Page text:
|• ISO 259||Mazraˁa|
|• Also spelled||"El Masar", "el Mezrah" Mazra'ah (official)|
House in Mazra'a, where Baha'u'llah lived 1877-1879. During 1932-1949 it was the home of General and Mrs. McNeill
|• Type||Local council|
|• Head of Municipality||Qasim Awwad|
|Name meaning||"The sown land"|
The local council was founded in 1896 and was incorporated into the Matte Asher Regional Council in 1982, before proclaiming itself an independent local council again in 1996.
The Arabic al-mazra'a (p. mazari'), meaning "the sown land" or "farm", is a relatively common place name used to refer to cultivated lands outside of and dependent upon a primary settlement. In Crusader times, the village was known as le Mezera, according to Victor Guérin, while to Arabs in medieval times, it was known as al-Mazra'ah.
Mazra'a is mentioned in the 1283 treaty between the Mamluk Sultan Qalaun and the Latin Kingdom of the Crusaders that controlled some territories in the Levant between 1099 and 1291. At the time of the treaty, Mazra'a was said to be still under Crusaders control. A 50 metre long wall at to the west of the village centre, dating from the period, is thought to be the remnants of a fortified structure, mentioned by travel writers.
Mazra'a was incorporated into the Ottoman Empire in 1517 with all of Palestine and in 1596, the tax registers listed Mazra'a as forming part of the nahiya (subdistrict) of Acca (Acre). The population is recorded as 27 households, and the villagers paid taxes on wheat, barley, cotton, "occasional revenues," goats, beehives, and water buffaloes.
In the 1760s, Mazra'a was one of five villages in nahiya ("subdistrict") of Sahil Akka ("Acre coast"), which was under the direct rule of Daher el-Omar, the independent governor of the Galilee, as one of his Viftlik estates. As such, villagers were exempt from paying the usual Ottoman taxes. (Other Viftlik estates were Judayda, Samiriyya, al-Makr, and Julis.) After the death of Daher el-Omar in 1775, these villages were abandoned for a time, becoming known as places of lawlessness. Jezzar Pasha, the new governor of Acre, first returned the villages to their local sheikhs, later dividing the income collected from them between himself and the local official.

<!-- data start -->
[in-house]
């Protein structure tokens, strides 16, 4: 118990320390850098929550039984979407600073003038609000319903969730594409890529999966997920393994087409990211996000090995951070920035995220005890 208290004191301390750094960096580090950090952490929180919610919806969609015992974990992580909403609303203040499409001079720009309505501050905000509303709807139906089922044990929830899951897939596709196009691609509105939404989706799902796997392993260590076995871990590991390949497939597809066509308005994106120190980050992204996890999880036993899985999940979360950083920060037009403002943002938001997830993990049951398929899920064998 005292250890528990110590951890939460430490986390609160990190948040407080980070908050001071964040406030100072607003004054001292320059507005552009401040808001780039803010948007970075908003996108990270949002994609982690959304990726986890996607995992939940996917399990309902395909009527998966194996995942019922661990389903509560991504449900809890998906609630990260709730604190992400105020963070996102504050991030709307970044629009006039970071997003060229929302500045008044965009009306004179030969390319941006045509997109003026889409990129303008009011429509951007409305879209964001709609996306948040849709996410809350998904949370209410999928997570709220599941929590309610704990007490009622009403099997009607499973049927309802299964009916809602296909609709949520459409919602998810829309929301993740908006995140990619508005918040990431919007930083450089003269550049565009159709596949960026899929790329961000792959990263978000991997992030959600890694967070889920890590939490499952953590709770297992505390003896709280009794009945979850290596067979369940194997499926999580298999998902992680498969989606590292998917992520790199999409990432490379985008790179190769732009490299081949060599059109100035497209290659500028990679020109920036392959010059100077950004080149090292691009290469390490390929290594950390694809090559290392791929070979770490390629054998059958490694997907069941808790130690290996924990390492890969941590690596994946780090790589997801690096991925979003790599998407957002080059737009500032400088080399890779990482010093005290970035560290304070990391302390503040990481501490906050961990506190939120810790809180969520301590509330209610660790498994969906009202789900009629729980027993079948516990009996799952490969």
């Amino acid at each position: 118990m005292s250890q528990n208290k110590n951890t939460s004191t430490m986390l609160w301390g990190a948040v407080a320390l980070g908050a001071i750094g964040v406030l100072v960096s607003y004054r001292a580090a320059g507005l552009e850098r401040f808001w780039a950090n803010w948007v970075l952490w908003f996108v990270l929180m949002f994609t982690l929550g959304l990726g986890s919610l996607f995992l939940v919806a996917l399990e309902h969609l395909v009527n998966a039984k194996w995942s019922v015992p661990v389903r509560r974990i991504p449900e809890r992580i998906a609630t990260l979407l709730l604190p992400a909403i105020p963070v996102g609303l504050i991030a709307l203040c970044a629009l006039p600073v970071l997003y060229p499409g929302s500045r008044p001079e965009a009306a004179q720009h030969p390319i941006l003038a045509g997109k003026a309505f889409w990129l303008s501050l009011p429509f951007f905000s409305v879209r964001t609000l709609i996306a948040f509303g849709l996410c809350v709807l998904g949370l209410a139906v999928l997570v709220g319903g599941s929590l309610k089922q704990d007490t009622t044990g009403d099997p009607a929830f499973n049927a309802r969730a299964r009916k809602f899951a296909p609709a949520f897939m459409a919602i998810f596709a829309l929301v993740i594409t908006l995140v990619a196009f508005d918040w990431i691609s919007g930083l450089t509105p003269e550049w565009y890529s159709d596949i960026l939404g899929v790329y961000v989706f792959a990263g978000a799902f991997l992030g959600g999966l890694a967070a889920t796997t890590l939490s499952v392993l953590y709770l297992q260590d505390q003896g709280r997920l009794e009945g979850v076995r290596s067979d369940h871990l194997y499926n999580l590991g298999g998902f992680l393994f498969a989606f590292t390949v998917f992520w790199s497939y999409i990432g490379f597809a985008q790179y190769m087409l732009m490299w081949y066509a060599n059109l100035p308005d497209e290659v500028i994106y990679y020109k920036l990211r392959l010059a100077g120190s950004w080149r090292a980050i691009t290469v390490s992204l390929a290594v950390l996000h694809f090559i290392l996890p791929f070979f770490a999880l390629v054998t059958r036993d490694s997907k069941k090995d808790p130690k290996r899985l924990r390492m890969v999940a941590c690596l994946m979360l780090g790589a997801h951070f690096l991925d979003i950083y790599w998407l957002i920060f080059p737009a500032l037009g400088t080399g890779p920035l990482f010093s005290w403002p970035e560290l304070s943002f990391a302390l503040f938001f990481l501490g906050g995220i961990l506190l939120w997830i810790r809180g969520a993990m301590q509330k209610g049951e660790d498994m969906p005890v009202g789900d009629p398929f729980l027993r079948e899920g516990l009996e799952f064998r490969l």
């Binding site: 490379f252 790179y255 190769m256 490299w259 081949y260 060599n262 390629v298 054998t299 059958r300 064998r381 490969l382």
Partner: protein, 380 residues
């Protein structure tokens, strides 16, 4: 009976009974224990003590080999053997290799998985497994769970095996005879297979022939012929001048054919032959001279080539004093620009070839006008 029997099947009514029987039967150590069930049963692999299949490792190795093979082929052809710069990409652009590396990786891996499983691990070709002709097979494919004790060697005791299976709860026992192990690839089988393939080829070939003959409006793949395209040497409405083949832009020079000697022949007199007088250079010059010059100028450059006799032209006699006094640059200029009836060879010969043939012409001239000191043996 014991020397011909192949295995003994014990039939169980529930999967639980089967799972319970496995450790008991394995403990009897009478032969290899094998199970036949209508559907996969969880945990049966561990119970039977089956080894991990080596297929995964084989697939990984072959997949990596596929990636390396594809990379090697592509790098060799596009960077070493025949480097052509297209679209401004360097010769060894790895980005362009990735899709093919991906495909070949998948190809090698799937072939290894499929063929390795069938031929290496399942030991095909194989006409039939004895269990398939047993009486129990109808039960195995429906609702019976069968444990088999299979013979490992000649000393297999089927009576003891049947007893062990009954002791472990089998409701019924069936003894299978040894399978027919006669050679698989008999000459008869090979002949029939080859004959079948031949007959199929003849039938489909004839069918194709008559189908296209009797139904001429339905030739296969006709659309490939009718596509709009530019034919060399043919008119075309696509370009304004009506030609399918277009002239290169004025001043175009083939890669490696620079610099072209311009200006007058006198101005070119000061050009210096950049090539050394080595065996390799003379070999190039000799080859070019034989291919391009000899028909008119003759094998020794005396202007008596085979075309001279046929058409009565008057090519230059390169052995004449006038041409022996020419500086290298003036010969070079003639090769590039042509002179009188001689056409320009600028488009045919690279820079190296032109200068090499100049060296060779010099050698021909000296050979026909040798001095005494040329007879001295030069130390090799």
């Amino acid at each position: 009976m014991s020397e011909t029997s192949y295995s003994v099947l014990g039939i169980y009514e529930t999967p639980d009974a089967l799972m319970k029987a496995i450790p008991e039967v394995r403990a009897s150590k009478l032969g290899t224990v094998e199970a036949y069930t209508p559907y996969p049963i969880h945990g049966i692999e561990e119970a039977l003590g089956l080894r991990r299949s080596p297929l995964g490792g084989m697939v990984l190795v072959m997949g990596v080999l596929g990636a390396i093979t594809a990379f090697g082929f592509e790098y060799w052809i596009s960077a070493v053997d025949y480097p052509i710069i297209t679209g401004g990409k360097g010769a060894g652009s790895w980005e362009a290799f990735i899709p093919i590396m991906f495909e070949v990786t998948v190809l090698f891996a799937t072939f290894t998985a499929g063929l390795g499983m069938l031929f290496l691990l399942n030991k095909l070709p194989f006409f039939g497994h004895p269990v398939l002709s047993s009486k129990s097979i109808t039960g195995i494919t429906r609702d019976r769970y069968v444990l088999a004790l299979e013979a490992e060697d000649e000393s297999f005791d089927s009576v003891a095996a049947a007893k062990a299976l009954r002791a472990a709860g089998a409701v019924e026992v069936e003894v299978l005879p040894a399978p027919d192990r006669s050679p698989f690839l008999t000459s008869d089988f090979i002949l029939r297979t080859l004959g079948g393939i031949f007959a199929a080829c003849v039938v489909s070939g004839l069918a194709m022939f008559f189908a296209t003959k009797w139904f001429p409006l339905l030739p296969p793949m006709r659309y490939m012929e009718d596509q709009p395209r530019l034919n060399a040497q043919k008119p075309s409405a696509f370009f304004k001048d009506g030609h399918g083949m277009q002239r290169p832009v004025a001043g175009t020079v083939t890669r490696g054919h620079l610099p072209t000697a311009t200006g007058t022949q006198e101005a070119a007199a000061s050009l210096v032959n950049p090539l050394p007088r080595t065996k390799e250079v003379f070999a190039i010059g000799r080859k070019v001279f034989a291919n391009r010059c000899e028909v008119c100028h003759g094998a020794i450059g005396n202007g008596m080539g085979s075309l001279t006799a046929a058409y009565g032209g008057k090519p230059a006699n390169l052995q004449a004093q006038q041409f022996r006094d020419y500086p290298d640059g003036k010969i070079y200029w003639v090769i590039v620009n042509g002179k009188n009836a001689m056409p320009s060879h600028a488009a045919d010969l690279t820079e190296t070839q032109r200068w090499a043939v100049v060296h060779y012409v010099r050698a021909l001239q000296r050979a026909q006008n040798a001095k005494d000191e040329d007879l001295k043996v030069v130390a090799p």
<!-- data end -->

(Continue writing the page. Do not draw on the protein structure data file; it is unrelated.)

Guérin, who visited Palestine in the mid-19th century, described Mezra'a as a village with a very small number of inhabitants, sepulchral grottos, cisterns, and a number of houses built of stone. The remains of a small castle fort are dated by him to the Middle Ages, if not earlier. Not far from it lay a number of columns that once ornamented a church. Also close to the village was a khan said to have been built by Jezzar Pasha from which an aqueduct traveled through the valley under high arches.
In 1881, the Survey of Western Palestine described the place as "A stone and conglomerate village, having 200 Moslems, situated on the plain, with olives, pomegranates, mulberries, and arable land; the aqueduct supplies good water."
Mazra'a is one of the only Palestinian Arab coastal towns in the Western Galilee to have remained populated after the 1948 Arab-Israeli war. It served as a collection point for villagers expelled from the neighbouring villages of al-Zeeb and al-Bassa, assaulted and depopulated during Operation Ben-Ami beginning on 13 May 1948, two days before the official outbreak of the 1948 Arab-Israeli war. This caused the population to increase from 460 in 1946 to 620 in 1951.
The land area of 312 hectares owned by Mazra'a in 1945 was reduced to 30 hectares in 1962, for reasons that included an expropriation of 155 hectares by the Israeli government in 1953–54.
Vaulted Medieval Building
The medieval building is located on the east side of the aqueduct, in the old part of the village. The masonry, composed of large (average size 1m x 0.5m) blocks, is consistent with a medieval date. Petersen, who visited the place in 1991 and 1994 and examined it, found two chambers, one long (11.4 x 6.35m) chamber aligned east-west, and one smaller chamber aligned north-south. Rock-cut troughs found in the smaller room indicated that it might have been a stable.